There are several disadvantages to traditional gearboxes: the box consists of many moving parts and there‘s quite a bit of friction with many wear points. This is one reason why the steering feels so sloppy on an old car. The internals of the box are just worn out. Compared to a rack and pinion system, a traditional steering box is quite complicated inside, and the system has more wear points compared to a rack and pinion. But despite these drawbacks, it’s a very good system that, with the right internal parts, can perform as good as if not better than a rack-and-pinion system.
This is a great time to replace your coupler (rag joint) if it’s worn out, which it most likely is. But, if it’s still in great shape, just reuse it, since the splines are the same as the new box.
How does a recirculating gearbox work?
The recirculating-ball steering box contains a worm gear, which is comprised of a block of metal with a threaded hole in it. This block has gear teeth cut into the outside, which engage a gear that moves the pitman arm back and forth. The steering wheel connects to a threaded rod, similar to a bolt, which sticks into a hole in the block. When the steering wheel spins, it turns this bolt. Instead of the rod twisting further into the block the way a regular bolt would, this rod is held fixed, so as it spins, it moves the block, which moves the gear that turns the wheels.
Rather than have the bolt directly engage the threads in the block, all of the threads are filled with ball bearings that re-circulate through the gear as it turns and acts as rolling threads. The balls actually serve two purposes: first, they reduce friction and wear in the gear; and second, they reduce play in the gear. If it were not for this ball bearing design, slop would be felt whenever you changed the direction of the steering wheel. Without the bearings in the steering gear the teeth would come out of contact with each other for a moment, making the steering wheel feel loose and floaty.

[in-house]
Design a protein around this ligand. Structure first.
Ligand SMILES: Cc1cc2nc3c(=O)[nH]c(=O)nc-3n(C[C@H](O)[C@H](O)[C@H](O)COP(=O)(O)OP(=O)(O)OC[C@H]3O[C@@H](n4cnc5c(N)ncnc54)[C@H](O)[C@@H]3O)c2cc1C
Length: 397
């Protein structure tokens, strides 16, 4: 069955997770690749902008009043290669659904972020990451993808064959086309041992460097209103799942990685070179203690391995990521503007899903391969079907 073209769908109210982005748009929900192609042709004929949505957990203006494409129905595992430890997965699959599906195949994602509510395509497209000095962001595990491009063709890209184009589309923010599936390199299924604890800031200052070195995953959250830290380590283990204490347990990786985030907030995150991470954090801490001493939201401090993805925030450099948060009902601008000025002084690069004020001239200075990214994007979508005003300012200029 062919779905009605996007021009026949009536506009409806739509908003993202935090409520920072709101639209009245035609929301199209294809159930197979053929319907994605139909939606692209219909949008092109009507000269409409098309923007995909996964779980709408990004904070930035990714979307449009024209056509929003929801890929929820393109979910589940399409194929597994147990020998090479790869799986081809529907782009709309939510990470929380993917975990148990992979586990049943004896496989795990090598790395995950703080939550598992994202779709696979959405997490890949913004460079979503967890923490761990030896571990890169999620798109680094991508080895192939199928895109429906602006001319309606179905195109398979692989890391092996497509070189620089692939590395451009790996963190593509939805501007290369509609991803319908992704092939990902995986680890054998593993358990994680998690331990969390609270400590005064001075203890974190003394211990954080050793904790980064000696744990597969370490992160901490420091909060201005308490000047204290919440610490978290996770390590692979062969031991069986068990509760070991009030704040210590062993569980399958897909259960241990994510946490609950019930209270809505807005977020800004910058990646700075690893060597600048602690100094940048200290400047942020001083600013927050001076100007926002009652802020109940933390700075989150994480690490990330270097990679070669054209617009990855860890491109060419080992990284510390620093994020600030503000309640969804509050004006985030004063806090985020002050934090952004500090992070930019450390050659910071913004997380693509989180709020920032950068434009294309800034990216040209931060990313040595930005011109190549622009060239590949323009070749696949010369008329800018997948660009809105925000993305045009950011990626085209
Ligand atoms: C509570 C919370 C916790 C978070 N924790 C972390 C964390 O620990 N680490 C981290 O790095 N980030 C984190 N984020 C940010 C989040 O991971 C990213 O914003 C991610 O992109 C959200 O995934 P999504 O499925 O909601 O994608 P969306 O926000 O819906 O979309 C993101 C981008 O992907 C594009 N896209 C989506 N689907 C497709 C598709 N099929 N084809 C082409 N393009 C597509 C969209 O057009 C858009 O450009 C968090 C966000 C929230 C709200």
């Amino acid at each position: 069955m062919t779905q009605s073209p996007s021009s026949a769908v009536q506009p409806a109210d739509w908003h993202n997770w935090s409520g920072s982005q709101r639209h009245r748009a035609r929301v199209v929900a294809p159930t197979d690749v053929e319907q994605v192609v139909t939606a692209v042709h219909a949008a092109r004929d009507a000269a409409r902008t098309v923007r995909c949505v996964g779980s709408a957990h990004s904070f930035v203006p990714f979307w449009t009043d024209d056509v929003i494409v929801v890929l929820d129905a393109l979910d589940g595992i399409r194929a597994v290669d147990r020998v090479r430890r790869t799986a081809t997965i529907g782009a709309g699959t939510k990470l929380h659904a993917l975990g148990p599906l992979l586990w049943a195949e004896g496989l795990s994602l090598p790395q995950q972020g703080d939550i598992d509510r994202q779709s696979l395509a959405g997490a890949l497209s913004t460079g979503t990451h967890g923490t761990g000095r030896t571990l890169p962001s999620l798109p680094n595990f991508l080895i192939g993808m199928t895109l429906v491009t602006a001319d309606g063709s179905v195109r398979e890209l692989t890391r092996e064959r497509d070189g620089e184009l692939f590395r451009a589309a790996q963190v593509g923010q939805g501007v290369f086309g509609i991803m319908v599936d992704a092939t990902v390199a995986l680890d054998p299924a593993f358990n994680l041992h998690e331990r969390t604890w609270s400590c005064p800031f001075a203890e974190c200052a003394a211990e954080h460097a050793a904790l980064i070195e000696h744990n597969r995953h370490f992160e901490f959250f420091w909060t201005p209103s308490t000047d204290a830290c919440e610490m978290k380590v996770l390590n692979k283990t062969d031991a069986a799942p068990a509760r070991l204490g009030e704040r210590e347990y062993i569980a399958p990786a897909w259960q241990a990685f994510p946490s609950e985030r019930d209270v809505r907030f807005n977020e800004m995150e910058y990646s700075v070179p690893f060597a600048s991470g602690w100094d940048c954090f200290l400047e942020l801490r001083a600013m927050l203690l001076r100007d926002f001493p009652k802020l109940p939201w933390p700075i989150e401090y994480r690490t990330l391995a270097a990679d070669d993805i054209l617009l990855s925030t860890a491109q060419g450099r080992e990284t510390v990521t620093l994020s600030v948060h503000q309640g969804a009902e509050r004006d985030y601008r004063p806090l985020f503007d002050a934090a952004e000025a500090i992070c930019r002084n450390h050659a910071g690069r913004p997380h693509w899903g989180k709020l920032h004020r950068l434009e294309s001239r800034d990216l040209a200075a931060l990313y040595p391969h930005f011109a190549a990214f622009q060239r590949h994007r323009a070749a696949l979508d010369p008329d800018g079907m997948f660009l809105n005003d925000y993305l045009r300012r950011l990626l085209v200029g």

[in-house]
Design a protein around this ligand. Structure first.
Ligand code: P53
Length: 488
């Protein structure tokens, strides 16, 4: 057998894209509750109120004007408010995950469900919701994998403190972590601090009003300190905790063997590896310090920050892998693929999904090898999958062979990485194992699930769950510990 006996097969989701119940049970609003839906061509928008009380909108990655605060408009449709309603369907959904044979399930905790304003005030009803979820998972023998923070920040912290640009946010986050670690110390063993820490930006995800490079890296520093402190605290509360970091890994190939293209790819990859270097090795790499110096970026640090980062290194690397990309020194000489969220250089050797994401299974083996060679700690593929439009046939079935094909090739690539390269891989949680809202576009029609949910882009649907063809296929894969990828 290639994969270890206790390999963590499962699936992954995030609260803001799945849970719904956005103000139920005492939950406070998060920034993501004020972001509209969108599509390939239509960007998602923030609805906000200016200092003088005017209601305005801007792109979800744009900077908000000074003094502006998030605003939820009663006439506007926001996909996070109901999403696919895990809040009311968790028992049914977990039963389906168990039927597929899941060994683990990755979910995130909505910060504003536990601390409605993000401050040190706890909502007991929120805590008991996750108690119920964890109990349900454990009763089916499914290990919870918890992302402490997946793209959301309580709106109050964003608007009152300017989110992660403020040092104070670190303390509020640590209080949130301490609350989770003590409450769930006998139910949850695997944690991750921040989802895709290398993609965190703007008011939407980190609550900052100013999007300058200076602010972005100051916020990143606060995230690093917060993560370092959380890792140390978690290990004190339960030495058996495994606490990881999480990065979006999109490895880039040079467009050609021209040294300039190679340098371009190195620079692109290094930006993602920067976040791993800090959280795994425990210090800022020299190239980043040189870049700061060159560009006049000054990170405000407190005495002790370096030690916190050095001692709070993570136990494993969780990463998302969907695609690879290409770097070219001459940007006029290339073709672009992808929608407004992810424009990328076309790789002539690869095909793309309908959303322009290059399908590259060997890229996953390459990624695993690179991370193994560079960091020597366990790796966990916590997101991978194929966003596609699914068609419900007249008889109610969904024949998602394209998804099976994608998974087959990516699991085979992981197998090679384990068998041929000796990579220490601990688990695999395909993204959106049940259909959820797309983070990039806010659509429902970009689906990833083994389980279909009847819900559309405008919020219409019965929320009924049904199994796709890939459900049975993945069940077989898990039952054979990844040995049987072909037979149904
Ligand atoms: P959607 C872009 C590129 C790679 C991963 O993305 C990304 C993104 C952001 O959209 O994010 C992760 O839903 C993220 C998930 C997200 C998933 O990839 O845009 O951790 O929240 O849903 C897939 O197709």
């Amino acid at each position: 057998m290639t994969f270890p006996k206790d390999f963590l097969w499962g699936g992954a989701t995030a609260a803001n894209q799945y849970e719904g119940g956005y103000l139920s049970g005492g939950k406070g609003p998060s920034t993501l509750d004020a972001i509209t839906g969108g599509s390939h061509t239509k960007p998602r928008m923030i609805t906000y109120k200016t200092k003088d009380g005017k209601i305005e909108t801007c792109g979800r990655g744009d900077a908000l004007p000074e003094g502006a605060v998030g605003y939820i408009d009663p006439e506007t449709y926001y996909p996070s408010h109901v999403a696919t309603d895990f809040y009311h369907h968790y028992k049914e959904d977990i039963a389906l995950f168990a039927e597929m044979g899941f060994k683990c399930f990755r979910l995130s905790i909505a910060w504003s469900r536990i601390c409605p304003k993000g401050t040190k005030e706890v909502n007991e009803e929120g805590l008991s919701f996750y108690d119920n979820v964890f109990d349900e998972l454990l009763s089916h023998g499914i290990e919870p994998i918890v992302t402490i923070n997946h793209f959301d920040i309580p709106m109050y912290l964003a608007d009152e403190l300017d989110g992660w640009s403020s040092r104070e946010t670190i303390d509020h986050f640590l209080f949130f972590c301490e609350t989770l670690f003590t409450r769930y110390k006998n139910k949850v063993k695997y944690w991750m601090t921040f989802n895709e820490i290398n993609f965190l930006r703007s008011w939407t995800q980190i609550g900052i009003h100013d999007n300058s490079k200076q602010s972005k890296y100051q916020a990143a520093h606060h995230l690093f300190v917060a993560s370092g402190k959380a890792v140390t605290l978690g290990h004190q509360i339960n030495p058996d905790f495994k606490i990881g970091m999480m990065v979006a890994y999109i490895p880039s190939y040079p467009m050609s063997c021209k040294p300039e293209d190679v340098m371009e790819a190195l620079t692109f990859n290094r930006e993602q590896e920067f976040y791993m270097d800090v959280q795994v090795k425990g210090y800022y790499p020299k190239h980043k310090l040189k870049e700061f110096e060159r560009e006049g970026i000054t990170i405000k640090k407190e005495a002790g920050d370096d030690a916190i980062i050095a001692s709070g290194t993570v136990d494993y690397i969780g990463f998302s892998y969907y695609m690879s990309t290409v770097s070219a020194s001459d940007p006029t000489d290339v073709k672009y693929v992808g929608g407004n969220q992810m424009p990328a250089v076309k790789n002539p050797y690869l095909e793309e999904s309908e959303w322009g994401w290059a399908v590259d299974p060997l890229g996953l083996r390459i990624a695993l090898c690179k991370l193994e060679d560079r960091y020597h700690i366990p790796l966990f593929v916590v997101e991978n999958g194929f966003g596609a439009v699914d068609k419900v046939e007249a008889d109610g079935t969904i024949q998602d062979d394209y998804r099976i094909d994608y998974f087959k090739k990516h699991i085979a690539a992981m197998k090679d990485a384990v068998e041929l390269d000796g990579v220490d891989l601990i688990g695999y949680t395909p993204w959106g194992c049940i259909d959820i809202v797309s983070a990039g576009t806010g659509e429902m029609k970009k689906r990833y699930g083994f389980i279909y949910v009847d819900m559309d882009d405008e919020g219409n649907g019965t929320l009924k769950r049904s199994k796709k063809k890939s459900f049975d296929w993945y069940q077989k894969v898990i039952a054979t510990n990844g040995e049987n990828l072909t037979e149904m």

How does a rack-and-pinion system work?
The modern rack-and-pinion is actually a very simple system. A gearset is enclosed in a metal tube with each end of the rack protruding from the tube. The gearset accomplishes two things: first, it converts the rotational motion of the steering wheel into the linear motion needed to turn the front wheels, and secondly, the gearset provides gear reduction which lessens the effort needed to turn the wheels. A rod, called a tie rod, connects to each end of the rack.
The pinion gear is attached to the steering shaft. When you turn the steering wheel, the pinion gear spins, moving the rack. The tie rod at each end of the rack connects to the steering arm on the spindle. On a power system, part of the rack contains a cylinder with a piston in the middle, which is connected to the rack. There are two fluid ports on the rack, one on either side of the piston. Supplying higher-pressure fluid to one side of the piston forces the piston to move, which in turn moves the rack providing the power assist.